On Sunday, the United Kingdom’s Prime Minister David Cameron and the Interior Ministry were forced to defend a sweeping wiretapping proposal, which would aim to monitor every single email, text message, and phone call flowing through the whole country. The proposal would likely force all UK Internet Service Providers (ISPs) to install “black boxes” on their systems that use Deep Packet Inspection (DPI) technology, which would give authorities access to all communications data without a warrant or any judicial oversight.

Law enforcement would have access to IP addresses, email addresses, when you send an email, to whom you send it, and how frequently—as well as corresponding data for phone calls and text messages. The government has claimed this proposal is needed to fight “terrorism and serious crimes,” but of course, it would be available to law enforcement for all purposes.

As the Washington Post reported, many privacy advocates in the UK say, “the move would intrude so deeply into the lives of British citizens that it would rival or exceed measures used by totalitarian governments.” While there’s still no public draft of the proposal, the government insists that law enforcement will not have access to the content of communications; however, retaining all other identifying information can easily reveal vast troves of information about a user’s private life. Mathematician and security researcher George Danezis explains:

Basically you can think of blanket traffic data retention and access as having a policeman following you around 24h a day / 7 days a week, and making notes about where you have been, what you have looked at, who you are talking to, what you are doing, where you are sleeping (and with whom), everything you bought, every political and trade union meeting you went to, … – but not actually hearing any of the conversation or seeing what you wrote. Traffic data provide an X-ray of your whole life, and the policy suggests they should be available to law enforcement and the intelligence services without any judicial oversight (only political review or police oversight).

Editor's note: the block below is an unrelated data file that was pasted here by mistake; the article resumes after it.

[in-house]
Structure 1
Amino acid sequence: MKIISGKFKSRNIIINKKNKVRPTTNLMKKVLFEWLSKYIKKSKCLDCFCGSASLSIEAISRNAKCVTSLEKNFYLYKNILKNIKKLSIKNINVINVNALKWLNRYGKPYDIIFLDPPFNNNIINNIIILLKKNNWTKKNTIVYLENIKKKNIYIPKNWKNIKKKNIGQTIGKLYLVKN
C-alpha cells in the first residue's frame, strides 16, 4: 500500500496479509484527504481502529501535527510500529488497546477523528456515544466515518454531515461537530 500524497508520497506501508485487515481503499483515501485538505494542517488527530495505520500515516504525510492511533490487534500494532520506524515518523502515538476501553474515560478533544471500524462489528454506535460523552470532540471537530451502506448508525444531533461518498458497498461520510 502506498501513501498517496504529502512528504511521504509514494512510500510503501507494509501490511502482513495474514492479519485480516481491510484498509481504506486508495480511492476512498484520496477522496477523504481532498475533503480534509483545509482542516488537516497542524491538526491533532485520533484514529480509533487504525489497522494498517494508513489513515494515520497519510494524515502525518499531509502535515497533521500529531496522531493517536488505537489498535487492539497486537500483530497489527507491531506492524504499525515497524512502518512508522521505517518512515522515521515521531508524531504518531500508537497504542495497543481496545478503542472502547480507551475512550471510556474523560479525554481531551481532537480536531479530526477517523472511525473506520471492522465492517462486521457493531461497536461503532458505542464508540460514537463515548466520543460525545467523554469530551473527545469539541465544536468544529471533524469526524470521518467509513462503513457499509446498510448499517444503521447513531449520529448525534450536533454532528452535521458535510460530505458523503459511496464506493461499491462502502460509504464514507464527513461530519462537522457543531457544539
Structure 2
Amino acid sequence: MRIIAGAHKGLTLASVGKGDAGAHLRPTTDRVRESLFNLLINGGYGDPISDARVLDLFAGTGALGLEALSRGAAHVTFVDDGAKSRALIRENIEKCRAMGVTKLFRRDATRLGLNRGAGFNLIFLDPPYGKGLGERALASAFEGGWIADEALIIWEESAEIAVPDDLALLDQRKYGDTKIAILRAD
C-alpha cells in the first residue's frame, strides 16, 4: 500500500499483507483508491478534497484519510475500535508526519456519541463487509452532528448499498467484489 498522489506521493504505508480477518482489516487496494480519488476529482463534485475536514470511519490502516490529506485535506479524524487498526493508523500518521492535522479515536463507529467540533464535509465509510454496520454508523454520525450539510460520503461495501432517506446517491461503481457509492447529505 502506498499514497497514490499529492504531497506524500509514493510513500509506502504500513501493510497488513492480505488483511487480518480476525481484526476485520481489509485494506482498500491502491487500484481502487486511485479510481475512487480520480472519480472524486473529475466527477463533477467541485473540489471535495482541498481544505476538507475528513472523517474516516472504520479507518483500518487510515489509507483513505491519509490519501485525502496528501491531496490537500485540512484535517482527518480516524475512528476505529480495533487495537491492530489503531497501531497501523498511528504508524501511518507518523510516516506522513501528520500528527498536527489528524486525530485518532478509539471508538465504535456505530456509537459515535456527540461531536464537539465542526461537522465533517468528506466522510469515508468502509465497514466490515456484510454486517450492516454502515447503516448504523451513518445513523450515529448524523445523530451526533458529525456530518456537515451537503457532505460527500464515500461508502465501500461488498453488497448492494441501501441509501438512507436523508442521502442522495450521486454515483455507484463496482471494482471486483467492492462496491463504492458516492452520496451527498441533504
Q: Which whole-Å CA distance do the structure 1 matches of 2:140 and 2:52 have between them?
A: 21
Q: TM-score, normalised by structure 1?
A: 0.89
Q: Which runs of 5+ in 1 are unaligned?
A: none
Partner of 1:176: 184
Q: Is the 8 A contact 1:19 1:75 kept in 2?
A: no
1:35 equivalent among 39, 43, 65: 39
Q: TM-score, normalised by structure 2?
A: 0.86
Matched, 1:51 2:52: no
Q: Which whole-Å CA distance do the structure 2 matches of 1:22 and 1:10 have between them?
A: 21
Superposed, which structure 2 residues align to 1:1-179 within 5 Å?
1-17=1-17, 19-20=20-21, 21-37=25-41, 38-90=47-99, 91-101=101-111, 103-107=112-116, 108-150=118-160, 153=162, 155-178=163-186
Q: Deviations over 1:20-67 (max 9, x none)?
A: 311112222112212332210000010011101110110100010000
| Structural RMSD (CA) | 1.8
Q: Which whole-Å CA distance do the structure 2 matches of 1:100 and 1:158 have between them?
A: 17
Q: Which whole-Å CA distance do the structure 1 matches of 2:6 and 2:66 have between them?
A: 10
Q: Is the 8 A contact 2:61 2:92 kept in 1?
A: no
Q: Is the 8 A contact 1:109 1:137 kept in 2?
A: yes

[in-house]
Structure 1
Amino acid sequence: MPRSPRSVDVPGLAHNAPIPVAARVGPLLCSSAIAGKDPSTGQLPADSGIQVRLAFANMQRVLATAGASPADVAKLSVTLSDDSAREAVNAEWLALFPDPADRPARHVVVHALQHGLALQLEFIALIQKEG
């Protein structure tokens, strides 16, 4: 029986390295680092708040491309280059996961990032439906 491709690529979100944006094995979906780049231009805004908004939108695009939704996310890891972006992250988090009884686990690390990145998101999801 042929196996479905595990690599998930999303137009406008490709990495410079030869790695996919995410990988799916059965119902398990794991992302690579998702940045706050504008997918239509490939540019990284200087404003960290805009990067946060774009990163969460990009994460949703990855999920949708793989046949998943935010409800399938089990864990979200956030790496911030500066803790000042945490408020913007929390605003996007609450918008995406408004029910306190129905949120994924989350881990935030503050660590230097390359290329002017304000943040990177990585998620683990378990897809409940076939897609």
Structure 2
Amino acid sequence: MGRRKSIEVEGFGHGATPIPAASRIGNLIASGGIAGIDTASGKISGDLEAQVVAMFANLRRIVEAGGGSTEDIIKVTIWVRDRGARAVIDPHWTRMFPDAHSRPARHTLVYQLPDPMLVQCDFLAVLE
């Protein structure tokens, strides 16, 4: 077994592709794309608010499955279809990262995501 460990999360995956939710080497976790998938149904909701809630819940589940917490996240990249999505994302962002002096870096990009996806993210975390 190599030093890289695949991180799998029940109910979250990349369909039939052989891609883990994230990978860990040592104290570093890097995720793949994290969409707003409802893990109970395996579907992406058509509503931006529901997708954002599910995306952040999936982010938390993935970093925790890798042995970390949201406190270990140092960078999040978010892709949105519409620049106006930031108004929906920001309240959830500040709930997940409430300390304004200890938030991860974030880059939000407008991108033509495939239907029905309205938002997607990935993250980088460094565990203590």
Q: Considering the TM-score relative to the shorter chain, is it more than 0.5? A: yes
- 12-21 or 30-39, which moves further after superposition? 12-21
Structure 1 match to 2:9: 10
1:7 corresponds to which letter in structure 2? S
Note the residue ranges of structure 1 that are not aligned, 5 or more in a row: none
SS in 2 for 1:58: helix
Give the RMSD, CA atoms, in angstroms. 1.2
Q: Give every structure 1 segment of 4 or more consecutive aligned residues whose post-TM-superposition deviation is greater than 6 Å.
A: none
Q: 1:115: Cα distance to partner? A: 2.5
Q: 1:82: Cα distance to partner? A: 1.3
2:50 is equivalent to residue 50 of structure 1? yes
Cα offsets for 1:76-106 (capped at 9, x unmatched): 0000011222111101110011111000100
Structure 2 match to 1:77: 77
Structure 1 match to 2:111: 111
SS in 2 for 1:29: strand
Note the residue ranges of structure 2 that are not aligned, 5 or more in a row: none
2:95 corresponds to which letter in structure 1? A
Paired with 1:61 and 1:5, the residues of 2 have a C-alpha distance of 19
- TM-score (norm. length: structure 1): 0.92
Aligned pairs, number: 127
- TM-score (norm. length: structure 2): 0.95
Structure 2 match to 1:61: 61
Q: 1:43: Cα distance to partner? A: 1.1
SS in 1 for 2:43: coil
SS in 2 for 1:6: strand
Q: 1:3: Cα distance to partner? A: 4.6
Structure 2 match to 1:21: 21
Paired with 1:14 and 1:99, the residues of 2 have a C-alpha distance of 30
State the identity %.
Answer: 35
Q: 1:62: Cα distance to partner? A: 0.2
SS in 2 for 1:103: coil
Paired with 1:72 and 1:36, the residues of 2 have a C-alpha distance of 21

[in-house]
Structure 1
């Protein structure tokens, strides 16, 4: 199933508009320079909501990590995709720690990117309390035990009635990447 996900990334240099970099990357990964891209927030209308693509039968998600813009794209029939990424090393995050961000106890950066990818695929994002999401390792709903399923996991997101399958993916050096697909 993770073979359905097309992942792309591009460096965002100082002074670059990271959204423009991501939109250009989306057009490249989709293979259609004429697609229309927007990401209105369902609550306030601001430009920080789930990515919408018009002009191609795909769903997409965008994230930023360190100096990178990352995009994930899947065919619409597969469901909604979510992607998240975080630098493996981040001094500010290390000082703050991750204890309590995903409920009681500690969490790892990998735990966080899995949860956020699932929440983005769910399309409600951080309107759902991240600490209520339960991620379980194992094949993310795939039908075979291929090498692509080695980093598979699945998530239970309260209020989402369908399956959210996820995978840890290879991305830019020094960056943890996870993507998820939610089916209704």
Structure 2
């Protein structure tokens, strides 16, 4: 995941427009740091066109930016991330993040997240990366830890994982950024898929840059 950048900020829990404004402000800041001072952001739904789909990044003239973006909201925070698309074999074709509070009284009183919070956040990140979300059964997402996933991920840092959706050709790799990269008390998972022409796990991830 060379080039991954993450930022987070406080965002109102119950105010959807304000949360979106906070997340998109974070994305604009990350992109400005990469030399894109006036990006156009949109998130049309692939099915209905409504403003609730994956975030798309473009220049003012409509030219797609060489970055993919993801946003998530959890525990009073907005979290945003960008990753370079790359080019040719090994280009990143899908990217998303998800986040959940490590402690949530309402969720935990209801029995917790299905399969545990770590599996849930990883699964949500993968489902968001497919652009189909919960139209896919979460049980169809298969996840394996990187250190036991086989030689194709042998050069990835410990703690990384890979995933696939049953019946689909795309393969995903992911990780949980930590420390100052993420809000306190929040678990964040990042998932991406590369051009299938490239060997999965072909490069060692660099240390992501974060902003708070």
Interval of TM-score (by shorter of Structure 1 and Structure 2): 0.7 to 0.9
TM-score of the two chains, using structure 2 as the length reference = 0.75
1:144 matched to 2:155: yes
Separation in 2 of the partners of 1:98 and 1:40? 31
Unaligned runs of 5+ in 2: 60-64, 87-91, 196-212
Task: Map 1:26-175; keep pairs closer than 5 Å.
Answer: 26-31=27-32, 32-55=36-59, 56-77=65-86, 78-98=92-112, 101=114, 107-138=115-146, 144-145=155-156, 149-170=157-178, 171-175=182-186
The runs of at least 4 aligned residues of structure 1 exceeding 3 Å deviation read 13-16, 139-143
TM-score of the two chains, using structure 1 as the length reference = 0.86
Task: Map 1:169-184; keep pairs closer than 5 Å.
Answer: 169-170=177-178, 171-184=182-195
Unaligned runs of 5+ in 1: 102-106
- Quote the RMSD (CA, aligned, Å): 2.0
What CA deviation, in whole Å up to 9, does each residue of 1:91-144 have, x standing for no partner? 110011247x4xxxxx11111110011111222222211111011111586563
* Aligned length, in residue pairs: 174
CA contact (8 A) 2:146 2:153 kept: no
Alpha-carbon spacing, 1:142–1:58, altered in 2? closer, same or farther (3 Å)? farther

Unfortunately for the UK government, a lot of popular email and social media services, like Google and Facebook, use SSL encryption to protect their users' data, so the government may not be able to access the information through DPI. Under this proposal however, Google and Facebook would be forced to comply with every data request.

In the UK, user data—such as IP address and contact information—already has relatively weak protection. Under the Regulation of Investigatory Powers Act, law enforcement can get user data on a case-by-case basis from UK-based Internet Service Providers (ISPs) “upon request.” ISPs cannot challenge the request. But as Privacy International explains, the new proposal would also put non-UK based services like Google and Facebook under this regime, forcing them to comply with any request, regardless of its validity.

Currently, Google only provides data to governments when the request “complies with both the spirit and the letter of the law.” If not, Google says will refuse to hand over user information to the government. For example, according to Google’s Transparency Report, from January-June 2011 last year, they received 1,279 user data requests from UK authorities and refused to comply with 37%. Under this proposal, that number of refusals would drop to zero.

In addition to the massive encroachment on privacy, the new proposal has many security risks and potential for further abuse, as Privacy International has laid out in this helpful FAQ. While government advocates insist such an expansive bill is required to stop “terrorism” (a familiar refrain), Privacy International explains:

“In a terrorism investigation, the police will already have access to all the data they could want. This is about other investigations - it is about the millions of requests made every year by local law enforcement and other authorities in the investigation of serious—and less serious—crime.”

In an ironic twist, a similar plan was shot down in 2006 by a minority coalition of Liberal Democrats and Conservative party members, some of whom now make up the ruling party that has put forth the new proposal. Thankfully, other members of Parliament are speaking up. Conservative lawmaker David Davis remarked, “It is not focusing on terrorists or criminals. It is absolutely everybody…This is an unnecessary extension of the ability of the state to snoop on ordinary innocent people in vast numbers.”

EFF stands with the diverse group of civil liberties organizations, privacy advocates, and ordinary citizens of the UK in opposing this truly Orwellian law.